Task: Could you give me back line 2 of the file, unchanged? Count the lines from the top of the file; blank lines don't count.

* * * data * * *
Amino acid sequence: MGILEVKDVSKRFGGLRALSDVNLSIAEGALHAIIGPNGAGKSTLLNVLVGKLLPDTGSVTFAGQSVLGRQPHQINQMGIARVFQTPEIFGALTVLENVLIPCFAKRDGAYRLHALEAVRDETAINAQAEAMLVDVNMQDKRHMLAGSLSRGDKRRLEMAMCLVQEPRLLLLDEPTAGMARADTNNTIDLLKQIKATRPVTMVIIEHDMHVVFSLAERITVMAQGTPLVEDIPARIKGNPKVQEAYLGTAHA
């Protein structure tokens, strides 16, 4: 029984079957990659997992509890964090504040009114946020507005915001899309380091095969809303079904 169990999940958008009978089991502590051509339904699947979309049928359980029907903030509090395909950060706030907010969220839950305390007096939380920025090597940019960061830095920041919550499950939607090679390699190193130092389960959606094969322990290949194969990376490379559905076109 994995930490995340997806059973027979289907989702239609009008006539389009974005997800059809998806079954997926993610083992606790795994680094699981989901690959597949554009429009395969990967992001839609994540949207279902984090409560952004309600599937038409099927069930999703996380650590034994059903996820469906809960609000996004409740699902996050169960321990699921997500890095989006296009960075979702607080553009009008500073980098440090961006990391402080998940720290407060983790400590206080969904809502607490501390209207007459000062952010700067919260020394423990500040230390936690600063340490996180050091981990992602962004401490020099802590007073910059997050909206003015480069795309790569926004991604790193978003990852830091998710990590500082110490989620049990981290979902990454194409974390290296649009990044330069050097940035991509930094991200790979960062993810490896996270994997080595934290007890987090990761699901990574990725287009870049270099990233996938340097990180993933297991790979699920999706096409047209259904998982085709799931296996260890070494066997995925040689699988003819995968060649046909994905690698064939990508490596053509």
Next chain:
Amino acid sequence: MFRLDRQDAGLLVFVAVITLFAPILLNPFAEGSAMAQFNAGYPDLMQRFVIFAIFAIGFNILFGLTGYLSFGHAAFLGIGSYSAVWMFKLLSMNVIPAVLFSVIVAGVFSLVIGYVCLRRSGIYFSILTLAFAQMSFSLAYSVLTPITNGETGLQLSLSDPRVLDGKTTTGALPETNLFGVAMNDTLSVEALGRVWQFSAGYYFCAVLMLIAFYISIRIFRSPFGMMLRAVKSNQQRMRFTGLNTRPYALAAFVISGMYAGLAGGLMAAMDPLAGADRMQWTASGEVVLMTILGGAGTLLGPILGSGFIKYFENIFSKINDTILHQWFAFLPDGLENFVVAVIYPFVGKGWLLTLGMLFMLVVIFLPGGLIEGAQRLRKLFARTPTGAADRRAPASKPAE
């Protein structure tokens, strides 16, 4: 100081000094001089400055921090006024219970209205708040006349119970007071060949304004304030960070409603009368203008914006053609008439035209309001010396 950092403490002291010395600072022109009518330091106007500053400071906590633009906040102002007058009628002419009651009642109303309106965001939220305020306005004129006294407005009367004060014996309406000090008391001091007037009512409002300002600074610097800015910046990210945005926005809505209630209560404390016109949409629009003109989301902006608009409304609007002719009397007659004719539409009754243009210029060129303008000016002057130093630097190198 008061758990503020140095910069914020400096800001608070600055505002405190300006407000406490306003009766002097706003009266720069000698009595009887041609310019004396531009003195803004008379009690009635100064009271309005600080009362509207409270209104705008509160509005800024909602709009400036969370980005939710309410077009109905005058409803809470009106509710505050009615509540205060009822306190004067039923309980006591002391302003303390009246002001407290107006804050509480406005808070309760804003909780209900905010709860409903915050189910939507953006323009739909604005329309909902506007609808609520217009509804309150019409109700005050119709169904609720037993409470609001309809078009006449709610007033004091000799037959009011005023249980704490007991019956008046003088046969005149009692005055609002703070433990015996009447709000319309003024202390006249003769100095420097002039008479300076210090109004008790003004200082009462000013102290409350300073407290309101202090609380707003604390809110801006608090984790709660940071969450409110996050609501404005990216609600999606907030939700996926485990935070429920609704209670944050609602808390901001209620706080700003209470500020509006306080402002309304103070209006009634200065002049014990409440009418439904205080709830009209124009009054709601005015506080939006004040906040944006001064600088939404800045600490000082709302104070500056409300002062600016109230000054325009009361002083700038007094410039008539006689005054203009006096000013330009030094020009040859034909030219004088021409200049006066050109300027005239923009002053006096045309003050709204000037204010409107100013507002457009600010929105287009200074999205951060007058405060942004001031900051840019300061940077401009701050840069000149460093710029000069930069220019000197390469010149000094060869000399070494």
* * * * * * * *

């Protein structure tokens, strides 16, 4: 029984079957990659997992509890964090504040009114946020507005915001899309380091095969809303079904 169990999940958008009978089991502590051509339904699947979309049928359980029907903030509090395909950060706030907010969220839950305390007096939380920025090597940019960061830095920041919550499950939607090679390699190193130092389960959606094969322990290949194969990376490379559905076109 994995930490995340997806059973027979289907989702239609009008006539389009974005997800059809998806079954997926993610083992606790795994680094699981989901690959597949554009429009395969990967992001839609994540949207279902984090409560952004309600599937038409099927069930999703996380650590034994059903996820469906809960609000996004409740699902996050169960321990699921997500890095989006296009960075979702607080553009009008500073980098440090961006990391402080998940720290407060983790400590206080969904809502607490501390209207007459000062952010700067919260020394423990500040230390936690600063340490996180050091981990992602962004401490020099802590007073910059997050909206003015480069795309790569926004991604790193978003990852830091998710990590500082110490989620049990981290979902990454194409974390290296649009990044330069050097940035991509930094991200790979960062993810490896996270994997080595934290007890987090990761699901990574990725287009870049270099990233996938340097990180993933297991790979699920999706096409047209259904998982085709799931296996260890070494066997995925040689699988003819995968060649046909994905690698064939990508490596053509």